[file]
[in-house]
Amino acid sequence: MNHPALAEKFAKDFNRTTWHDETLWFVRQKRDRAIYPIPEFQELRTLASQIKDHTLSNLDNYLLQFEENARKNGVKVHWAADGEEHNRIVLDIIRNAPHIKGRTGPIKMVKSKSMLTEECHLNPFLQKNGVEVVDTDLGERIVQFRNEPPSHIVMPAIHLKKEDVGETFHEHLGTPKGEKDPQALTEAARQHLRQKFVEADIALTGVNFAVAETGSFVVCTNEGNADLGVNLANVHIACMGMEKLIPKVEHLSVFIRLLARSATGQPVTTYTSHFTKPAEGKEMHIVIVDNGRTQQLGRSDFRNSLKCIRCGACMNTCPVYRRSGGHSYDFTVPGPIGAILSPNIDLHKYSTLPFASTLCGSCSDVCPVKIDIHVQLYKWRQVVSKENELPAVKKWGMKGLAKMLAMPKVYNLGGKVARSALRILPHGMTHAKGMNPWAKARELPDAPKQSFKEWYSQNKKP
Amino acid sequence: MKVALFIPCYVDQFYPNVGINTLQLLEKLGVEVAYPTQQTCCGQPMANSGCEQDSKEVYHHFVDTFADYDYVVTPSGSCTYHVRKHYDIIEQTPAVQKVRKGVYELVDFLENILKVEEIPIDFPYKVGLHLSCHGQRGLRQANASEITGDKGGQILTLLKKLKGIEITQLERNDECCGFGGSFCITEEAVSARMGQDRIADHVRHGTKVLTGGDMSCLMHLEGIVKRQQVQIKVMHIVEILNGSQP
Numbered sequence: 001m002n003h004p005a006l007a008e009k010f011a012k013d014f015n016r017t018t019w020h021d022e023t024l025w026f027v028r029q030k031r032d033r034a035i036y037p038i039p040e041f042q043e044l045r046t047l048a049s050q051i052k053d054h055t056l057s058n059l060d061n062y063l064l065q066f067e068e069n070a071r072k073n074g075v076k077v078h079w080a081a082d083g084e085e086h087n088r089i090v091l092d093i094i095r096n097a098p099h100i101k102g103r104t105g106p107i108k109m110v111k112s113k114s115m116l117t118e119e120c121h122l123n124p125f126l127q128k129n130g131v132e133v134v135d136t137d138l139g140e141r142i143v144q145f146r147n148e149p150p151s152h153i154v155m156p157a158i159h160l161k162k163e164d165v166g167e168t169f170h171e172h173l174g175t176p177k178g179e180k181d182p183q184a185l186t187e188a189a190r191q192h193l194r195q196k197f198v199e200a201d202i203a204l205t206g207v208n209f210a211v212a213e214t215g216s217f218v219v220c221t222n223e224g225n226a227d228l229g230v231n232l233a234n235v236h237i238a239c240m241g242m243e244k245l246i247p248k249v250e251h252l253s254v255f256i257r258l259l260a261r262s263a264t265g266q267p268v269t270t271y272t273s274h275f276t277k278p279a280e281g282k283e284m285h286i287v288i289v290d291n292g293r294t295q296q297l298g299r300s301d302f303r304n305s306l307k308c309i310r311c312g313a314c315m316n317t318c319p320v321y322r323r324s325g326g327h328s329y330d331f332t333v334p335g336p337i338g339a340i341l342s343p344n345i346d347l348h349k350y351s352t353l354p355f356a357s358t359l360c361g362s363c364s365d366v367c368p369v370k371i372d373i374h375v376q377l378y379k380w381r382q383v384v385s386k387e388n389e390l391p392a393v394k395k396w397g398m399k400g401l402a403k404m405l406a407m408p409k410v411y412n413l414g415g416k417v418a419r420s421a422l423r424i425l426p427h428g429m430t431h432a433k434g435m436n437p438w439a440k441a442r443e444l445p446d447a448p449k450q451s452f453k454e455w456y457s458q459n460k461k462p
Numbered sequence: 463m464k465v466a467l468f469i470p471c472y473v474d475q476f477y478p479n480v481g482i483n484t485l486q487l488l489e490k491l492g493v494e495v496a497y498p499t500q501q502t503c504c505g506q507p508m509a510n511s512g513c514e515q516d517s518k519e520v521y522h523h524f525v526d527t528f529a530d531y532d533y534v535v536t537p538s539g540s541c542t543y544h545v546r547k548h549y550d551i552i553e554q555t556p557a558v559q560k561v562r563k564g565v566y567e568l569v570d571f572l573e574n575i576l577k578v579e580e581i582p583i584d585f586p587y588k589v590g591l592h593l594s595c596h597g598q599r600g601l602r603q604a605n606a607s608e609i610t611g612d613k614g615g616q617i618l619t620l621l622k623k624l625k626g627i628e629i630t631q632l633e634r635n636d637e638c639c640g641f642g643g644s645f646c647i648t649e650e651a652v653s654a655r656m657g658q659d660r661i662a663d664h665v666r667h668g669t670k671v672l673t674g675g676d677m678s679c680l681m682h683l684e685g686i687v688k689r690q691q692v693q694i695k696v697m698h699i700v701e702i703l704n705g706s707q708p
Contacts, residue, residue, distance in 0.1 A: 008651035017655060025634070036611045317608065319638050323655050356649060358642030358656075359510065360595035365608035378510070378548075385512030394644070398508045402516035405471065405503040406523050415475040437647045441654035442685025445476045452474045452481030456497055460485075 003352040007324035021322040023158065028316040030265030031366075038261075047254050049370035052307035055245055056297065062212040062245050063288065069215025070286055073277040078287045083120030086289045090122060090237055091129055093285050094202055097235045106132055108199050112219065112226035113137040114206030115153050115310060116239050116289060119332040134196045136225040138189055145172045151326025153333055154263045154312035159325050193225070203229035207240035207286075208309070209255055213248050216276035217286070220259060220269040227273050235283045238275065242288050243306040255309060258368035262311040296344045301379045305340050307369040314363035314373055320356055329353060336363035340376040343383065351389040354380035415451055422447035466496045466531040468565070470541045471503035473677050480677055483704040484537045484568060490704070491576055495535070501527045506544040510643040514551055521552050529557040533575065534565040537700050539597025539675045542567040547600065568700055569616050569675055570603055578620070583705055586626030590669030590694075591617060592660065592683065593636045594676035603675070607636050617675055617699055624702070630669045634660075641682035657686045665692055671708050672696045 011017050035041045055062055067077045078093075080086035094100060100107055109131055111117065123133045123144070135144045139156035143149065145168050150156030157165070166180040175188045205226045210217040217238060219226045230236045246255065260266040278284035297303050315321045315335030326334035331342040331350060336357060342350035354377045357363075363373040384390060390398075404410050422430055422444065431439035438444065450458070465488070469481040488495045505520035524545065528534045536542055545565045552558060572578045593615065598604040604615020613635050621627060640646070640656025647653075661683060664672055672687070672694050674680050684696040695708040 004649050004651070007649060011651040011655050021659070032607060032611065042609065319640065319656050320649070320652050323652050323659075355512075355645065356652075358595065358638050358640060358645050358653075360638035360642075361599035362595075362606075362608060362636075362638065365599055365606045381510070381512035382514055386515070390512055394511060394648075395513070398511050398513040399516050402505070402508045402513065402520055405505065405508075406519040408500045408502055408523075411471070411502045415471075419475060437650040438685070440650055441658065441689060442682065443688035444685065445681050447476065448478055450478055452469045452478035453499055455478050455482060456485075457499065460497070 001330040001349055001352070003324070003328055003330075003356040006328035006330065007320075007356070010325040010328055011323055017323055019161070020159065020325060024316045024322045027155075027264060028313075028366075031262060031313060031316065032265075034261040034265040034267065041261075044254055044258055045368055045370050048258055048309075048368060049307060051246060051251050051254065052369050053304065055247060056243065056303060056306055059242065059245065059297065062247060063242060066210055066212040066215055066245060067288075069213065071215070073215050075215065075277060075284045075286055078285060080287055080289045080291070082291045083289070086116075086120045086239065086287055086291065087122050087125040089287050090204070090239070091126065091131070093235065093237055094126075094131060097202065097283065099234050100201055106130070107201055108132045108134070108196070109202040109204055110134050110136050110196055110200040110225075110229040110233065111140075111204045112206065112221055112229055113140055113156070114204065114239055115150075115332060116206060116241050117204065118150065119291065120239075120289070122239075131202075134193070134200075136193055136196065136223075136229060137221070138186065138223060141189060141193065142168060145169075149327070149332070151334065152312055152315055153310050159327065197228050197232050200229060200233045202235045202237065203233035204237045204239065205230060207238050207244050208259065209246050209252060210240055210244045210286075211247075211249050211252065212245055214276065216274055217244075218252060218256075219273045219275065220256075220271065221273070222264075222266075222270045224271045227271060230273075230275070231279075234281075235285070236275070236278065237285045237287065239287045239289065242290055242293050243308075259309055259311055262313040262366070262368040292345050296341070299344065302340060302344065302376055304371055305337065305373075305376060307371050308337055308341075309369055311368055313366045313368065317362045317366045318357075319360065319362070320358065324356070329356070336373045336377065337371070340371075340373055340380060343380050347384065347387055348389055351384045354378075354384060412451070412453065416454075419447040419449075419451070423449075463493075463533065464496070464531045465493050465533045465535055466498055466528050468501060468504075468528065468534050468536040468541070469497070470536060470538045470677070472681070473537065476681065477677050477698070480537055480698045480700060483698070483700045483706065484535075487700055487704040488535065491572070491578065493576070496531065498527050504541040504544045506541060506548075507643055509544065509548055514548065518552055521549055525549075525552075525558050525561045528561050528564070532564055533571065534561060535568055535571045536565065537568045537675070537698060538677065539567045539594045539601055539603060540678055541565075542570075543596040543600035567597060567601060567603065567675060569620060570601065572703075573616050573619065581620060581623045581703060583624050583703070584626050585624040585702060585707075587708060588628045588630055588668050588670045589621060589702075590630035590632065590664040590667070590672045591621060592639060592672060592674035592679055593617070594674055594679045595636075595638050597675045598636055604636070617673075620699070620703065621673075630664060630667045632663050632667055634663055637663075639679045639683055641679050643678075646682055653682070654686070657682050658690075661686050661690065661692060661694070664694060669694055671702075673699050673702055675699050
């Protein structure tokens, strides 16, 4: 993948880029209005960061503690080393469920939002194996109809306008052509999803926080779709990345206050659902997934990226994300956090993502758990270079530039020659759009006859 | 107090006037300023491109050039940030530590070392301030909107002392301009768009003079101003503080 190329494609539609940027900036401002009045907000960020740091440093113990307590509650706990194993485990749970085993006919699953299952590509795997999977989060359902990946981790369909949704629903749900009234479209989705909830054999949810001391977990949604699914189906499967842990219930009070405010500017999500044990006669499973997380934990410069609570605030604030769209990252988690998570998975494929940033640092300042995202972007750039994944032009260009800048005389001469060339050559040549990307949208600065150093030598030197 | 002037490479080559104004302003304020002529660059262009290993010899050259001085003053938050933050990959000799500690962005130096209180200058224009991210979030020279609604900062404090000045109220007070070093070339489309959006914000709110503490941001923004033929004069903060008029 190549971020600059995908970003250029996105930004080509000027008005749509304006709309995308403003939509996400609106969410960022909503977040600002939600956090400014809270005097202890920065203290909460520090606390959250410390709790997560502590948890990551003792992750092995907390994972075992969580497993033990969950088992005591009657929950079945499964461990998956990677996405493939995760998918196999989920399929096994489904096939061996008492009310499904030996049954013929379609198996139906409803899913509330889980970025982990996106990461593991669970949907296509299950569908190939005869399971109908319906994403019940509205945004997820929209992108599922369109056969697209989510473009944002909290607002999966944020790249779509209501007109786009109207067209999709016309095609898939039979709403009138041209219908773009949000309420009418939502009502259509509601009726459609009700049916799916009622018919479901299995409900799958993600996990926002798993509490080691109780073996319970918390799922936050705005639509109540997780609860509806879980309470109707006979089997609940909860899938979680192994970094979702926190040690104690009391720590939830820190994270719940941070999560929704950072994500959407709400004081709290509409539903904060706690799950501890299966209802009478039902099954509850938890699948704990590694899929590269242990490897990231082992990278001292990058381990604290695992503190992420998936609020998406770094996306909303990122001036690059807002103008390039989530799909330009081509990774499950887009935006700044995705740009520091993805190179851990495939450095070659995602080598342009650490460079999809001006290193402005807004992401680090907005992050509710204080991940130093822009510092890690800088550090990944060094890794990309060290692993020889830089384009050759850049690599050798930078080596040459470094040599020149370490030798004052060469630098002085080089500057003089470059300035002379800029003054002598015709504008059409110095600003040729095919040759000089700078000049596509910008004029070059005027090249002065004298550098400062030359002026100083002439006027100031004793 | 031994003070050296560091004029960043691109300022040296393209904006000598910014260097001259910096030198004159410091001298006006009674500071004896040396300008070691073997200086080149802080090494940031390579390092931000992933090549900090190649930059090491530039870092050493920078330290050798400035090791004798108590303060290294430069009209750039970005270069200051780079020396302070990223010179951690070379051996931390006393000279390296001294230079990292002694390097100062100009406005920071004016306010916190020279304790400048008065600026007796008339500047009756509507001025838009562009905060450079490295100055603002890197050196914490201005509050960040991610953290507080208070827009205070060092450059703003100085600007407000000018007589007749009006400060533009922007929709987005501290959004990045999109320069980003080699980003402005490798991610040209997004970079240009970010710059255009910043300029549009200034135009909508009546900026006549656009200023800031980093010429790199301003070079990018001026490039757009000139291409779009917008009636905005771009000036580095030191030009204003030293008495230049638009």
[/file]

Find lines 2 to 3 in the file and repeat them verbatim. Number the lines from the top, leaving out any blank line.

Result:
Amino acid sequence: MNHPALAEKFAKDFNRTTWHDETLWFVRQKRDRAIYPIPEFQELRTLASQIKDHTLSNLDNYLLQFEENARKNGVKVHWAADGEEHNRIVLDIIRNAPHIKGRTGPIKMVKSKSMLTEECHLNPFLQKNGVEVVDTDLGERIVQFRNEPPSHIVMPAIHLKKEDVGETFHEHLGTPKGEKDPQALTEAARQHLRQKFVEADIALTGVNFAVAETGSFVVCTNEGNADLGVNLANVHIACMGMEKLIPKVEHLSVFIRLLARSATGQPVTTYTSHFTKPAEGKEMHIVIVDNGRTQQLGRSDFRNSLKCIRCGACMNTCPVYRRSGGHSYDFTVPGPIGAILSPNIDLHKYSTLPFASTLCGSCSDVCPVKIDIHVQLYKWRQVVSKENELPAVKKWGMKGLAKMLAMPKVYNLGGKVARSALRILPHGMTHAKGMNPWAKARELPDAPKQSFKEWYSQNKKP
Amino acid sequence: MKVALFIPCYVDQFYPNVGINTLQLLEKLGVEVAYPTQQTCCGQPMANSGCEQDSKEVYHHFVDTFADYDYVVTPSGSCTYHVRKHYDIIEQTPAVQKVRKGVYELVDFLENILKVEEIPIDFPYKVGLHLSCHGQRGLRQANASEITGDKGGQILTLLKKLKGIEITQLERNDECCGFGGSFCITEEAVSARMGQDRIADHVRHGTKVLTGGDMSCLMHLEGIVKRQQVQIKVMHIVEILNGSQP